Reframing the issue as structural and institutional can help stakeholders gain a clearer understanding of both how a community has experienced this issue in the past and what needs they have now. In practice, this helps facilitate greater community ownership that favors restorative over punitive approaches—helping to address root issues, streamline the scope of police duties, and better align municipal spending and resource allocations with community needs, Goff said.


Working with Communities, Not on Them

“[I]f we're going to have peaceful communities, we have to believe in the community and believe in its power,” Cantor said. In the quest to cultivate peaceful, thriving communities, whether it is through research, practice, or investment, communities should be engaged as partners, not subjects.

[I]f we're going to have peaceful communities, we have to believe in the community and believe in its power.

- Nancy Cantor

Cantor gave an example of how community organizations and members are working together to bolster research and improve practice by contextualizing crime data to inform the development of more effective public safety solutions. Community organizations involved in the Newark Public Safety Collaborative help to improve the quality and actionability of research aimed at understanding and reducing violent crime in Newark, New Jersey. Community members receive data about where and what types of crime is occurring in the city and engage with the Collaborative to develop community-relevant solutions. Such efforts have led to the development of solutions to increase public safety in specific areas that need them.

Pujols echoed Cantor, arguing for “putting [people[ who have shared those [lived] experiences and have actually been impacted by the system at the forefront of the work and having them be part of decision-making conversations.” She also suggested that funders can play a role in ensuring community members have an active part in these efforts by paying careful attention to the partnerships they support, the impacts of the work, and how the initiatives will hold themselves accountable for the outcomes they say they will achieve.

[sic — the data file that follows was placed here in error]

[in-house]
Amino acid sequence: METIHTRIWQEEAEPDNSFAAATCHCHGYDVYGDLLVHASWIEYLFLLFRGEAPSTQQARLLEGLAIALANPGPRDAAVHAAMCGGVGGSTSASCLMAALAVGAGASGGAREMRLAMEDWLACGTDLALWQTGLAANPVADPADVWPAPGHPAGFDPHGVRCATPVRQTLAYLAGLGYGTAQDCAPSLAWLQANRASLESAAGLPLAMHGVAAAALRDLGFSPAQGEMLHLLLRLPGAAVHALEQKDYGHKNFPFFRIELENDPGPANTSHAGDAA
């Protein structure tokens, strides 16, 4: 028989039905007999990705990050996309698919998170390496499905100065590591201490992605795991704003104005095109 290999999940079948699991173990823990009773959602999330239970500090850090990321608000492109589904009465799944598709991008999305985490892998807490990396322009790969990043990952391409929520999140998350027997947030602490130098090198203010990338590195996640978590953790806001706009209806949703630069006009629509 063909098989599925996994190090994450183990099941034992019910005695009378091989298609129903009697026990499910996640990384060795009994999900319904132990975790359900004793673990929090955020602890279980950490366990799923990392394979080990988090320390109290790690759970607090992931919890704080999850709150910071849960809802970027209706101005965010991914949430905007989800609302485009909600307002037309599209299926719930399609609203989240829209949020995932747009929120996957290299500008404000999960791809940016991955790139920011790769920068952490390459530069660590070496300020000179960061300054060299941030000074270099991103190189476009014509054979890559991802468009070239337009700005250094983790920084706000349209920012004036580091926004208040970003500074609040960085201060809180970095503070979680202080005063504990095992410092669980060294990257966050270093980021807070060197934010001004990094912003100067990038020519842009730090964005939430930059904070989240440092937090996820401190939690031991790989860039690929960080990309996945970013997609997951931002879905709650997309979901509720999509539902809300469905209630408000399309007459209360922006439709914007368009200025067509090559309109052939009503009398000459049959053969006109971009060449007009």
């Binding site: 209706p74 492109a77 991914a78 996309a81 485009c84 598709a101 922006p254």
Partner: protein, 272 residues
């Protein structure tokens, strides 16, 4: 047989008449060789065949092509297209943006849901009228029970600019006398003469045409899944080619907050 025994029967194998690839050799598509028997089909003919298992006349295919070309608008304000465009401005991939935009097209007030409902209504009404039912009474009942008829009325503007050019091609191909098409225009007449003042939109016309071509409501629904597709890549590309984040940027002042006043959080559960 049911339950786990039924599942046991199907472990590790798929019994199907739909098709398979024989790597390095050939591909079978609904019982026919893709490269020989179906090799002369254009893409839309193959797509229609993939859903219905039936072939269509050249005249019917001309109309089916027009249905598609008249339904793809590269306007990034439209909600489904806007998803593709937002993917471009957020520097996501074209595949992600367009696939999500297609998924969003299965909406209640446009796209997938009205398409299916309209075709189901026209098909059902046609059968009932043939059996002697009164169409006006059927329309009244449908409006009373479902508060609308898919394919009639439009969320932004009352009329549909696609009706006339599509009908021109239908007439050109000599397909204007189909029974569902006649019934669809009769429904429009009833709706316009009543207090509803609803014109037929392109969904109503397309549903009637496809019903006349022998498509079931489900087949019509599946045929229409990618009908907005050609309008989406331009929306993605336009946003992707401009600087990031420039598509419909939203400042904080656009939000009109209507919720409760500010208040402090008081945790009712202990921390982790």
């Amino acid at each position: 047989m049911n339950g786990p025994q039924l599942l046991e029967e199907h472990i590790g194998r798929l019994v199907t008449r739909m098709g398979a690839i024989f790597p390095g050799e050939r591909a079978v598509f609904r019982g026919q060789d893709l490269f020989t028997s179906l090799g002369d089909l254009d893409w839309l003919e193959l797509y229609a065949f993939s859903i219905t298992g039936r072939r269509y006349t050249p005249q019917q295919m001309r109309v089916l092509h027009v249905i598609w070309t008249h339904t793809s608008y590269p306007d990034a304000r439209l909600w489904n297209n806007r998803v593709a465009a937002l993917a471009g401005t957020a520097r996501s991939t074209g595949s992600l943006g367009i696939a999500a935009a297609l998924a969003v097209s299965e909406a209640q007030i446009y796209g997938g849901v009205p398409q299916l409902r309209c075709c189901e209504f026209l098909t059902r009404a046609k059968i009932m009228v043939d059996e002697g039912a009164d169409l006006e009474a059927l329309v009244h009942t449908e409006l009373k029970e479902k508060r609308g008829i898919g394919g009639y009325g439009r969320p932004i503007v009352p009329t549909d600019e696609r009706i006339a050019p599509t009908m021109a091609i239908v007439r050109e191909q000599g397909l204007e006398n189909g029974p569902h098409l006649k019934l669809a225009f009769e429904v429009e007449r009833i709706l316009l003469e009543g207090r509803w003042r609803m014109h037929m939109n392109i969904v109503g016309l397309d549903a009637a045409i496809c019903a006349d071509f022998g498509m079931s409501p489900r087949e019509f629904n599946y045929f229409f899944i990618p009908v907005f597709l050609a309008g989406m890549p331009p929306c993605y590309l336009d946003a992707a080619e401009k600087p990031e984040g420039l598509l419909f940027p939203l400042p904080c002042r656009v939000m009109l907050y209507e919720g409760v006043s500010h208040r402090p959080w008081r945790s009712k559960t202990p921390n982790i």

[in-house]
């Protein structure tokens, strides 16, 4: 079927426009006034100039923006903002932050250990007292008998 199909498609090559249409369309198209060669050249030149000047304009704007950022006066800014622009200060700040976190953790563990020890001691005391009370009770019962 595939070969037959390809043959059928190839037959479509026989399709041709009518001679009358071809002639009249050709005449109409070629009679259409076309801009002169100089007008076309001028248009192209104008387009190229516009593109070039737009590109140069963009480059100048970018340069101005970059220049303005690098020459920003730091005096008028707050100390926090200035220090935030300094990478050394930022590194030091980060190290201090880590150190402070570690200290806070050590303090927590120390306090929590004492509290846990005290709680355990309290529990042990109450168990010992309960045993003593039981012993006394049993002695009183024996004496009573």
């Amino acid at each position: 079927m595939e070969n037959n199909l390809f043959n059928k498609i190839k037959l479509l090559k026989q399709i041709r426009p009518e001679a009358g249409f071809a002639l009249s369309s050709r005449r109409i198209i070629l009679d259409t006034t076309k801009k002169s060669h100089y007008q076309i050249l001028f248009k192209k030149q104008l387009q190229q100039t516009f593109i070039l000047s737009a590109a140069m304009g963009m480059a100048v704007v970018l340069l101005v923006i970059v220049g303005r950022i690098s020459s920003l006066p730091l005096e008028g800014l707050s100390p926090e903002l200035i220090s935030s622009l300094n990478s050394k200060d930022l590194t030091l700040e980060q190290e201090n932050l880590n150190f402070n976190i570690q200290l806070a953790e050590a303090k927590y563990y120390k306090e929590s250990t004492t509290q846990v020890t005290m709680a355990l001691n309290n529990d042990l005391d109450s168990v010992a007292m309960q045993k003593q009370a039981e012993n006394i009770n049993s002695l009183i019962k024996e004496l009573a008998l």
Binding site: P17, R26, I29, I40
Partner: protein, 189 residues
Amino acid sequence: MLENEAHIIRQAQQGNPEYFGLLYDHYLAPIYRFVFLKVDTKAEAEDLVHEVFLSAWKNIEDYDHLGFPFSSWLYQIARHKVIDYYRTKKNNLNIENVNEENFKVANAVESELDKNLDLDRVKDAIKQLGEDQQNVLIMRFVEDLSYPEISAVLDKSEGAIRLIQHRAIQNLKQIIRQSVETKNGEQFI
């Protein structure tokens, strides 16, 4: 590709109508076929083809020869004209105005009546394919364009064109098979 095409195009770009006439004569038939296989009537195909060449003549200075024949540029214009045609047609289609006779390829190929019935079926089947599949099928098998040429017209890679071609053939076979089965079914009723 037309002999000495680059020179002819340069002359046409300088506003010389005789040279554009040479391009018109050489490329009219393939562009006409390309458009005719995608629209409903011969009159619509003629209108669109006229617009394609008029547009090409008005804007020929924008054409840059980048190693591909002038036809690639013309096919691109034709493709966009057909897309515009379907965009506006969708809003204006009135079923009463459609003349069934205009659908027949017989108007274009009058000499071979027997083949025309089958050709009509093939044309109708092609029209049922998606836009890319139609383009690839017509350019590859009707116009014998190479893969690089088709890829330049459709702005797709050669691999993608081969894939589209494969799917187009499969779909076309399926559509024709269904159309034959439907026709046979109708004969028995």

Moving Forward

The topic of public safety and policing is contentious, but the notion that individuals and communities, regardless of race or place, have a right to equal treatment under the law should not be. The two panels offered evidence that we are falling short of this goal and outlined evidence-informed approaches to move toward realizing this ideal. Some of the steps for moving in that direction include:

  • Establishing a shared understanding of the history of policing in this country and its negative impact, particularly for communities of color, to accurately contextualize where we are today;
  • Developing a common understanding of the issues we face—with an emphasis on addressing the root causes;
  • Increasing alignment around values and priorities to measure and act on the things that matter; and
  • Truly listening to communities, taking care to incorporate the voices and experiences of those who have been marginalized and overlooked.

The AIR Equity Initiative invites you to continue with us on this journey and share this discussion with your colleagues. Are there other steps that you would add to this list? Connect with us on LinkedIn and Twitter using the hashtag #AIR4Equity to keep the conversation going and share your thoughts and experiences.